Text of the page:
My mom is one of those late boomer white women that only discovered their privilege recently and clings to it tooth and nail. For my generation, which is on the cusp of X and millennial, racism is both overt and subtle, tricky, slippery, and necessarily found out and eradicated when found to be living in one’s head.
My mom, on the other hand, seems eager to cling to the tenuous privilege she only lately found she had while simultaneously clutching her suffering as the worst. It’s an ugly fit. It lays bear the criticism some have of white feminists.
And it makes me terribly, terribly angry.
She campaigned for Obama. Living in SC, she volunteered, and was part of the mass effort going door to door to talk to people about why they should vote for the man who turned out to be our first black president.
She adores Michelle Obama.
She also casually and laughingly compared a day laborer to Mammy from Gone with the Wind.
The fact that she was smart enough to tell me the entire saga of the laborer and her back porch without mentioning Mammy, or for that matter, referring to the laborer as lazy, or dumb, is worth noting. She gets [I think?] how shitty that is. To me she told the story, mentioning he was black, and also pointing out that he was bi-polar. He had forgotten her instructions time and time again, and often this forgetting was absurd to the point of bizarreness, like digging a hole instead of filling one in.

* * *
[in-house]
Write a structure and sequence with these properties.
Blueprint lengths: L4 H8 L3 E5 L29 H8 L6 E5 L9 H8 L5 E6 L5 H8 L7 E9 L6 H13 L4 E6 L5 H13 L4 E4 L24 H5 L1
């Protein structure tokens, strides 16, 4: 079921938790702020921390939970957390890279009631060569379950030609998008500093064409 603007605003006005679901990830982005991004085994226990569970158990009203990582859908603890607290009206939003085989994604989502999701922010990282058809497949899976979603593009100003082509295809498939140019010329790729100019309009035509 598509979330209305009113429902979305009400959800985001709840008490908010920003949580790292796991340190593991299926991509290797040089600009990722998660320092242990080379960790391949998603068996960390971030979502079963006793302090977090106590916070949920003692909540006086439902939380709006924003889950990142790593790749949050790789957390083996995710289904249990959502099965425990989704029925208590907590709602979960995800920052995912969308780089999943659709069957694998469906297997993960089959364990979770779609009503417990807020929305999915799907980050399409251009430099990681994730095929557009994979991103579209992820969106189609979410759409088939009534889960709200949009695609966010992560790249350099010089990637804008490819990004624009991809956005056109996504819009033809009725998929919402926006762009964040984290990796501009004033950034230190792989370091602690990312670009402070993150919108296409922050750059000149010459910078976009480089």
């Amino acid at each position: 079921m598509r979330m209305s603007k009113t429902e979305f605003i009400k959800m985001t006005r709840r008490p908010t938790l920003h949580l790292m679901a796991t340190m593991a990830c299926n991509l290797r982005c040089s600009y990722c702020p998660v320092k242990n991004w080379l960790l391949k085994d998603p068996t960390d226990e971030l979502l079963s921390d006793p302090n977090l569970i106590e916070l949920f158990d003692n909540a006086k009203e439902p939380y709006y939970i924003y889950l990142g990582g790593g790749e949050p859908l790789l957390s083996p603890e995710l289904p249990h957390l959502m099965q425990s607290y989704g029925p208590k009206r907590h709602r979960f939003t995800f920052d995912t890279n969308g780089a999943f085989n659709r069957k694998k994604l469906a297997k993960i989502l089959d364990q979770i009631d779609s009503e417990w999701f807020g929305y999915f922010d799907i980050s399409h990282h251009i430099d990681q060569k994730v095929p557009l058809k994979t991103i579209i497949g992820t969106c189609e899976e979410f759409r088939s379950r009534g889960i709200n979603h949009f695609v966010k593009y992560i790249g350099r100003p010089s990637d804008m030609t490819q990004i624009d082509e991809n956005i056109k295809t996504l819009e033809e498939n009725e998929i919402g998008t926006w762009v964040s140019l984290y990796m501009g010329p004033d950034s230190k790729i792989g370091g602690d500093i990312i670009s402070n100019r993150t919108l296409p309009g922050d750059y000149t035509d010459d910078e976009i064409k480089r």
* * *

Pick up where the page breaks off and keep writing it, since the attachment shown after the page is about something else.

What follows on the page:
He also went off his meds and got picked up by the police, which has happened to many [maybe all?] people I know that suffer from schizophrenia and bi-polar disorder.
It wasn’t until she was with my dad and his second wife that she began the story referencing Mammy, inviting the three of them to reminisce on “what those people are like.”
I don’t know how to process this. I don’t know what to do with what had been a deep admiration for my mom. She urged me to read Toni Morrison. She put James Baldwin’s “If White English Isn’t a Language Then Tell Me What Is” into my hands. I’ve continued to read Baldwin through out my life, he’s one my heroes, and he would have eaten her alive, so WTF?
No one heard her, which is to say, no one, other than other old white Southerns like her heard her. Except me.
But if someone else had heard her, what would I say? What could I say?
That she wasn’t like this when I was young? That she didn’t raise my brothers and I to think this way, that she used to be better, that slowly, subtly something has been happening to her mind, that as she has grown increasingly convinced of and clingy to her own narrative of victimhood, she has also become uglier to any form of Other.
Or is this, really, what has always been there, hidden too far back for me to see?
And at the same time one of the characters from her mystery novel is a black slave. I don’t know at this point what her chances of being published are, but it’s hard for me to read the portrait in her book, know that she means a world of well, and yet she doesn’t bother to see the current dialogue as relevant to her.
…and like all observations of my mother, the fear and the frustration are: will this be me one day? Is there some inevitability to her broken, drunken, selfish mind that will make it mine one day?